WARHorse Bobbie Logan Sale is a resident of sunny California, more precisely the megalopolis, Los Angeles. LA does not have a reputation for being a “horse town”, but Bobbie has found a way to enjoy her passion for riding through the Los Angeles Police Reserve Corps Program.
Bobbie is a “Specialist Volunteer” in the Valley Community Cavalry Rough Riders (VCCRR). Group members are not sworn or armed officers, they are volunteers who operate are under the umbrella of the Volunteer Surveillance Team assisting officers in various duties.
Rough Riders including Bobbie Logan Sale and Officer Butters (right)
Through the VCCRR, Bobbie has found a way to share her love of horses in neighborhoods that rarely see a horse. Her partner, Ivor Gjestar aka Officer Butters, is a purebred Norwegian Fjord Horse who also enjoys the work, especially when surrounded by throngs of adoring children.
Bobbie explains more about being a Rough Rider in LA.
Q. Who are the Rough Riders and what is their purpose?
A. The purpose of The Valley Community Cavalry Rough Riders (VCCRR) is to provide educational and charitable assistance to the general public by enhancing the public image and trust between the residents of the City of Los Angeles and the Los Angeles Police Department, and other government agencies, and to establish a community based educational policing forum through the use of horses and riders to make our streets safer and improve the quality of life. Our activities include:
- Observe and report criminal and nuisance activities
- Search and rescue of missing persons
- Park and dam trail patrol
- Emergency preparedness and horse evacuation
- Color Guard presentation for special events and parades
- Standardized and consistent safety training for horse and rider
- Development of observational, map reading and radio communication skills
- Represent “good will” and public outreach
- Prioritize the interaction and enhancement of a true partnership and trust with local community members, especially children
Q. How did you first become involved with the group?
A. When I heard the Los Angeles Police Department was starting up a civilian equestrian group to enhance their community policing program. I have been a Los Angeles County Sheriff’s Department posse member, a member of the Hollenbeck Community-Police Advisory Board and started a 501(c)(3) not-for-profit group called “Los Angeles Community Policing”. It was only natural for me to continue my community activism through this new program.
Q. What do you most enjoy about being a Rough Rider?
A. The kids. I’ve had children of different sizes and ages come up to my horse and hug his chest for as long as twenty minutes because they have never seen a live horse before.
My fondest memory was when we were deployed to Watts for their annual toy give-a-way. Our trailers had to be diverted to parking right behind a live band. The music was so loud I couldn’t even hear myself think. I unloaded my horse and knew I had to walk him up to the stage, with the amps, music and banners, before I could even think about tying him to the trailer to tack him up. He was perfect, nuzzling everyone and being completely unbothered by the deafening noise. We then entered the venue where several tons of snow had been trucked in and my horse was mobbed by people. Being a gentleman and well trained for this, he just stood there like a statue. On top of this, there was an LAPD classic vehicle parade, the toy give-a-way, several snow ball fights and footballs being thrown back and forth right over my horse’s head. I’m extremely proud of him in these situations because it takes a special kind of horse to do this and I think he actually likes it!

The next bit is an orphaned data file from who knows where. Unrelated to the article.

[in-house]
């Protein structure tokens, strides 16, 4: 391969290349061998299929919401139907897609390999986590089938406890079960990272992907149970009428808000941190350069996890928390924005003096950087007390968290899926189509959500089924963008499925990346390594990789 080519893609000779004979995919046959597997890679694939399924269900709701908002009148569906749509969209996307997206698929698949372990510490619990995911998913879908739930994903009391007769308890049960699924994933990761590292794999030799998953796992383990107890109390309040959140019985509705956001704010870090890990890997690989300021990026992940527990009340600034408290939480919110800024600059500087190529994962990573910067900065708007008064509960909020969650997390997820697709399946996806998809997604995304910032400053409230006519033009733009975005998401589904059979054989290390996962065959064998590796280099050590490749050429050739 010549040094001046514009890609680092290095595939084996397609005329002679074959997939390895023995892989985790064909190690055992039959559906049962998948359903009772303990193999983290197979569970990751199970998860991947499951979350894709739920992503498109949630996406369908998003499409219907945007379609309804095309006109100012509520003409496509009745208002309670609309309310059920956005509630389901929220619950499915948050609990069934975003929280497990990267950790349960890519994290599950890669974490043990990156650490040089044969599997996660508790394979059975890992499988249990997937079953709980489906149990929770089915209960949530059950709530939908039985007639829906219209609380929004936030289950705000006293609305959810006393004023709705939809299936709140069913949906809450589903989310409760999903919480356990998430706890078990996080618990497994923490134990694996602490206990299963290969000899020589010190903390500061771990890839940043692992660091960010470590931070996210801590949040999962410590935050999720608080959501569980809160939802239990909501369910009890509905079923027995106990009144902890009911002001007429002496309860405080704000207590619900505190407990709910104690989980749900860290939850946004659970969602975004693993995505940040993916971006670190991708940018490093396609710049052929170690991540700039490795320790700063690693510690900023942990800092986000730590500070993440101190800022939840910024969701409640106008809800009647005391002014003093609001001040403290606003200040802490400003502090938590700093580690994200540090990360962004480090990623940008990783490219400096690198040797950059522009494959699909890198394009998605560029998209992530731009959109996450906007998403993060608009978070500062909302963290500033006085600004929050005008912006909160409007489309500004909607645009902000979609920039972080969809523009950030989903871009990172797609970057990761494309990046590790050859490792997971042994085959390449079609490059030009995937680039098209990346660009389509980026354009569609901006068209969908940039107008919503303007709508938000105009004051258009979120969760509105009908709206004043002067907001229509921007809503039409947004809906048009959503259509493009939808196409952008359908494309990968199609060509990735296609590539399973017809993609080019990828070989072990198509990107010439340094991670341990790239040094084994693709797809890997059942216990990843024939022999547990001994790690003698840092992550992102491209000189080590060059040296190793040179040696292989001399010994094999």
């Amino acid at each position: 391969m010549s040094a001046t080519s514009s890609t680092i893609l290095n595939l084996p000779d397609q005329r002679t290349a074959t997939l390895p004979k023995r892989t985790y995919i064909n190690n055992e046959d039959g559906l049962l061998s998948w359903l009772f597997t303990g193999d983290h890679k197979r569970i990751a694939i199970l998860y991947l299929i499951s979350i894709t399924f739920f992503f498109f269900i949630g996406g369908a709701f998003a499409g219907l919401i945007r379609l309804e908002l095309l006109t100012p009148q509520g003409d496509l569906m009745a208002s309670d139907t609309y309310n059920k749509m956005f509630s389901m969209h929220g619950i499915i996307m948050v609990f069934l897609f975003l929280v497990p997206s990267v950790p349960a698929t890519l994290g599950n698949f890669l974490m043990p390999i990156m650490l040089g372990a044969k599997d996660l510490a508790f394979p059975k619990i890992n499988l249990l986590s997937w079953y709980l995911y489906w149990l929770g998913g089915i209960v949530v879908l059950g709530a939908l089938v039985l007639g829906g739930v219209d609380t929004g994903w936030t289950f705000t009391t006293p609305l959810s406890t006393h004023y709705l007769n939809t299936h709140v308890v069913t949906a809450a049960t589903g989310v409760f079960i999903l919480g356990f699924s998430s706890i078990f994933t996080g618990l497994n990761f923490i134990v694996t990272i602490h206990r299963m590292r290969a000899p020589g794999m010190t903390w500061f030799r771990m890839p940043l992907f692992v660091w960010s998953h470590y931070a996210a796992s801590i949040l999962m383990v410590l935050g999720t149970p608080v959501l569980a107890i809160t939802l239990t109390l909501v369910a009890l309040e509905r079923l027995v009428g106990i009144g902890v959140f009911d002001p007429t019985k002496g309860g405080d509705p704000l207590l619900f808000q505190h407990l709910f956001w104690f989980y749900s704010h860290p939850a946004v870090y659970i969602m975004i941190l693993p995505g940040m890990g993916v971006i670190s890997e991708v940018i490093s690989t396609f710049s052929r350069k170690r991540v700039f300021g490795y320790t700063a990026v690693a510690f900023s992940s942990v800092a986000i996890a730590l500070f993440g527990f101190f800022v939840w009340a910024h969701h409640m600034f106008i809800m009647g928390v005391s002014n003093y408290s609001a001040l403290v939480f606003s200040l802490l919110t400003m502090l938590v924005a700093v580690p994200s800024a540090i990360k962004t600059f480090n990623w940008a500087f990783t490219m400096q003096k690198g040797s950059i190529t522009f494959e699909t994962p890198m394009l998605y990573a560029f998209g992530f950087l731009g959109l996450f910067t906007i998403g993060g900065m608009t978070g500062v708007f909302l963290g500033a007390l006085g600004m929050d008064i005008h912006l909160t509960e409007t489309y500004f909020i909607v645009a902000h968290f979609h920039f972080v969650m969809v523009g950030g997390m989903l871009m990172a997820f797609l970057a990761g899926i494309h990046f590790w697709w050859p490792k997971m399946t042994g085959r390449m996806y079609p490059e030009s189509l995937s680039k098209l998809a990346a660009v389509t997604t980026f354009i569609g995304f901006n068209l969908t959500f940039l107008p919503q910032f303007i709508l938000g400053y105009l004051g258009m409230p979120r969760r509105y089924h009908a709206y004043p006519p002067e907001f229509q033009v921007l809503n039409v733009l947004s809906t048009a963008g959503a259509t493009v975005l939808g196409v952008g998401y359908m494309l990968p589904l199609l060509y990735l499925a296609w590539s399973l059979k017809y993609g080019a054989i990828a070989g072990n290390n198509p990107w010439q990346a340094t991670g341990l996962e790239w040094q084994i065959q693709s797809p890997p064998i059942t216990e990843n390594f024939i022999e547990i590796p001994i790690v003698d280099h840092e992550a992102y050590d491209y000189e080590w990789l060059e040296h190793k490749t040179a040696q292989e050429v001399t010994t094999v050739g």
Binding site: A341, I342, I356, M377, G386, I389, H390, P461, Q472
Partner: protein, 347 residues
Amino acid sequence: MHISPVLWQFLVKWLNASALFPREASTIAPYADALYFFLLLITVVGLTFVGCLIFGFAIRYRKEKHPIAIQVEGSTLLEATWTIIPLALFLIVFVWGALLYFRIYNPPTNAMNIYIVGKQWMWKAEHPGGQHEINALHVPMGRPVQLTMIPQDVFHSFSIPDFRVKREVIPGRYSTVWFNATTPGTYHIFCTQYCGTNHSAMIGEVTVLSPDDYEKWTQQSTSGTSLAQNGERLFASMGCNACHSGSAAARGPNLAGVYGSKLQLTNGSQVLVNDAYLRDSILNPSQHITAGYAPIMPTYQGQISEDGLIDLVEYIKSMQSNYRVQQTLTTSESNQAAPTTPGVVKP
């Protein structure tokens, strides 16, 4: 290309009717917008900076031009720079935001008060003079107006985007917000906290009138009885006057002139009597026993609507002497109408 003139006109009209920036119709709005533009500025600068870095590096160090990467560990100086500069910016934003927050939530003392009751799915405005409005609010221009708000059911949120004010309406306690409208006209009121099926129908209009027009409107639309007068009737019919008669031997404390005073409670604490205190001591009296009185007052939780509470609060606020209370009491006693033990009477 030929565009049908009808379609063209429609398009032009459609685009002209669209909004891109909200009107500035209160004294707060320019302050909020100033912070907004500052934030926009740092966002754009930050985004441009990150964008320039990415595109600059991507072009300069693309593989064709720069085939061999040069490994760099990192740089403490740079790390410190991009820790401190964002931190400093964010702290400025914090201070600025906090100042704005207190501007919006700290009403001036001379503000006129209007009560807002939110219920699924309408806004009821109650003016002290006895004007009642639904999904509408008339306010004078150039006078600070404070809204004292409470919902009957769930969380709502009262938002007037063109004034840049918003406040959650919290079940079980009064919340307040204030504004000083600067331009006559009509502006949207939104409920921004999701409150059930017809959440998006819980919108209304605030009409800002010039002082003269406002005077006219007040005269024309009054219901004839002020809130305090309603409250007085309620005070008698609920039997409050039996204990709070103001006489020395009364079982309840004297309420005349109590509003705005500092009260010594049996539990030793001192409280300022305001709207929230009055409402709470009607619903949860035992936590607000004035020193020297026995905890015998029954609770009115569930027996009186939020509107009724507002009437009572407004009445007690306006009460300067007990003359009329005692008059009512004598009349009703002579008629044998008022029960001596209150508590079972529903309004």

Q. What special memories do you cherish from your work with the Rough Riders?
A. My proudest moments with the VCCRR are when we carry the American flag. I know my horse doesn’t mind it and he’s really good when the wind completely wraps the flag around us and we can’t see a thing. I personally really love carrying the flag.
Q. What does your Officer Butters think about being in the Rough Riders?
A. If Butters could talk he would say, “I love the VCCRR because I don’t have to work, I just have to look adorable, walk a little and then just stand there! It’s WAY more fun than dressage!”
Q. How has being a Rough Rider helped your dressage?
A. I’m actually using dressage movements for a purpose, not just riding around a 60-meter dressage court doing 10 and 20 meter circles (although working in the dressage court should not be belittled and is also a huge challenge).
Riding in crowds, protest marches, parades, patrols, Color Guard, all of it requires classic military movements in a practical setting. Rein-backs, lateral work, transitions, it all gets a new meaning when you’re using it out there on the street. Plus, after having snow balls thrown over you and your horse, it makes showing dressage a lot less scary!
VCCRR, Bobbie Logan Sale and Officer Butters (right)
Being a Rough Rider has certainly paid off for Bobbie and Officer Butters. The experiences they share with the public have solidified their confidence as a team. The duo recently participated in a Julie Goodnight clinic and received this lovely compliment from the natural horsemanship master.
“What a beautiful pair you are and what a great job you have done with your horse – you have a solid gold relationship.”
High praise indeed! Thank you for your service Bobbie and Officer Butters and for introducing the Rough Riders to WARHorses! You provide inspiration to all who seek alternative ways to enjoy horses particularly in areas where horses are rarely seen.